POST-COMPLETION – Provide career and skills-training pathways consistent with the unique development needs of our country.
So here we are again this morning, with a big help from our friends, UKAID/DFiD, making steady progress. We are providing teaching and learning materials including core textbooks, free of cost, to millions of Sierra Leonean children in government and government-assisted schools.
For primary schools (English, Mathematics, Science, and Social Studies); Junior Secondary Schools (English, Mathematics, Social Studies/Civic Education and Sciences); and for Senior Secondary Schools (English and Mathematics).
Let us be proud of this moment as Sierra Leoneans and let us celebrate this moment with gratitude to our international partners.
We have eliminated another impediment to learning, success, and achievement for our children. A textbook to a child is like a cutlass to a farmer. Without a cutlass, a farmer cannot farm. Without a textbook, students cannot learn and achieve their full potential.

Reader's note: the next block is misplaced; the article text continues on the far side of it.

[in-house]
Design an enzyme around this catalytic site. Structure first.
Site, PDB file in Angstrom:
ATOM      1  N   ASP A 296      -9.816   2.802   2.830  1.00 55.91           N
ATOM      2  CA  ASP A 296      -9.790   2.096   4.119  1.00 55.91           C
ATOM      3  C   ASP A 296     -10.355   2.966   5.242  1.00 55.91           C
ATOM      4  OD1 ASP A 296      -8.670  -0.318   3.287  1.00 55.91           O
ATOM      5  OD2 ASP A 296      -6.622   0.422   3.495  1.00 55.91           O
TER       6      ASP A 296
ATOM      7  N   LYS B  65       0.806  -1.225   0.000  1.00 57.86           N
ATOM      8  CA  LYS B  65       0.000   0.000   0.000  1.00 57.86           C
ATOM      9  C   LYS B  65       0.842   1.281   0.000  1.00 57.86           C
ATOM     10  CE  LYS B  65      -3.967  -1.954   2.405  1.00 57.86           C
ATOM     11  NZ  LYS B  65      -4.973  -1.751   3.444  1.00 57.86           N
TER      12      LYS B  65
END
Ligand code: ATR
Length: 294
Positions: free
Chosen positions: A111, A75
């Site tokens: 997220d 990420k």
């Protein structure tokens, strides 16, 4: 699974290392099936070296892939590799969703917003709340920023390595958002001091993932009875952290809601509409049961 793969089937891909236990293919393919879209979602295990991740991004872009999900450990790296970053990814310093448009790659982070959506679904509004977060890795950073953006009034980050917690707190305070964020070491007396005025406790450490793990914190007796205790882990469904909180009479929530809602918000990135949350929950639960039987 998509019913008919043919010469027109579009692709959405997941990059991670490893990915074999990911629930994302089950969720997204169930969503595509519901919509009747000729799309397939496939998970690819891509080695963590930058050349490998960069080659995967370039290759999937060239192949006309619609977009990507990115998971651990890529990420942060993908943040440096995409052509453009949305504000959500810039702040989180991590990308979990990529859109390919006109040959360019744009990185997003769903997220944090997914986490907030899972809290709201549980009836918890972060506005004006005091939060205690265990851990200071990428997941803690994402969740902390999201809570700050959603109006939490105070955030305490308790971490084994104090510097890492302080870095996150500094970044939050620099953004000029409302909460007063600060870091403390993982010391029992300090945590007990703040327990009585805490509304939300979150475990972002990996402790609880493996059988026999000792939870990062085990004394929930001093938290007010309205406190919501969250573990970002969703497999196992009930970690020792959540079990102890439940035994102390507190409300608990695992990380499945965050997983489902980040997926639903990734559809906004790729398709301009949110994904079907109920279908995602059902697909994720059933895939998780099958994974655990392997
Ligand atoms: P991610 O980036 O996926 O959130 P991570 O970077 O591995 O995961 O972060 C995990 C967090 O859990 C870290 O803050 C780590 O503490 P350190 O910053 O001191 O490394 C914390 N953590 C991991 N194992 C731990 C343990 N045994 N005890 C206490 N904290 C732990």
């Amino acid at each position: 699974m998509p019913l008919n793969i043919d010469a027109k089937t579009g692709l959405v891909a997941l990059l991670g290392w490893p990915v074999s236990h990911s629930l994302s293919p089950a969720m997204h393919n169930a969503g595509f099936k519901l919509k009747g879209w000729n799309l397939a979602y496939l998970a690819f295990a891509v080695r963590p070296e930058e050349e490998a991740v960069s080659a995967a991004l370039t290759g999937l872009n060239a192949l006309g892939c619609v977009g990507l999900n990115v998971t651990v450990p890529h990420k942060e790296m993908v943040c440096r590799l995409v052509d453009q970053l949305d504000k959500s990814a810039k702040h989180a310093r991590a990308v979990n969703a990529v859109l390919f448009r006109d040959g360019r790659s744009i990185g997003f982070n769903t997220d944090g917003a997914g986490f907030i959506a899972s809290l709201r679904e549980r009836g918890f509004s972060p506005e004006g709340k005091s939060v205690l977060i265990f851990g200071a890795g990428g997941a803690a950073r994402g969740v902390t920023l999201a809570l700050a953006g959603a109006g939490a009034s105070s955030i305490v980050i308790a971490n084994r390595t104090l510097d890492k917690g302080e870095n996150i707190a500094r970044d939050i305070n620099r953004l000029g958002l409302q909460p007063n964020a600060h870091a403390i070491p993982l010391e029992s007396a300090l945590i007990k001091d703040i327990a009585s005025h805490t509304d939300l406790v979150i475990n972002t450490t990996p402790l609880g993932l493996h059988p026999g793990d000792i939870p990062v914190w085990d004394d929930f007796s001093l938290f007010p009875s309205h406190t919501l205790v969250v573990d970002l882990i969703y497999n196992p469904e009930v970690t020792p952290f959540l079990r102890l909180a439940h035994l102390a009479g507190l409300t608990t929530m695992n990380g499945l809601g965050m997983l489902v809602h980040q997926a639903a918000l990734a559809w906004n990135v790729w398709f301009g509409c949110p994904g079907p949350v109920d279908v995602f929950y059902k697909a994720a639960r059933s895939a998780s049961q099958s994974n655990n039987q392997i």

Students from impoverished families or those with differential learning disabilities now have access to the same materials as high achieving students. It also eliminates the need for supplementary learning materials that the majority of hardworking parents could not afford in the past.
Now, there is content coherence. What students need to learn and achieve, and what skills they should demonstrate upon completing each module are all laid out. For teachers, the lesson plans set goals for teaching and learning, provide a road map for instruction, and suggest helpful classroom practices and classroom interventions that could help children learn.
To my mind, these rigorous standards mean that teachers will now work to improve their instructional techniques in order to prepare students for assessment examinations. Students and parents must also play their part in working to meet those standards.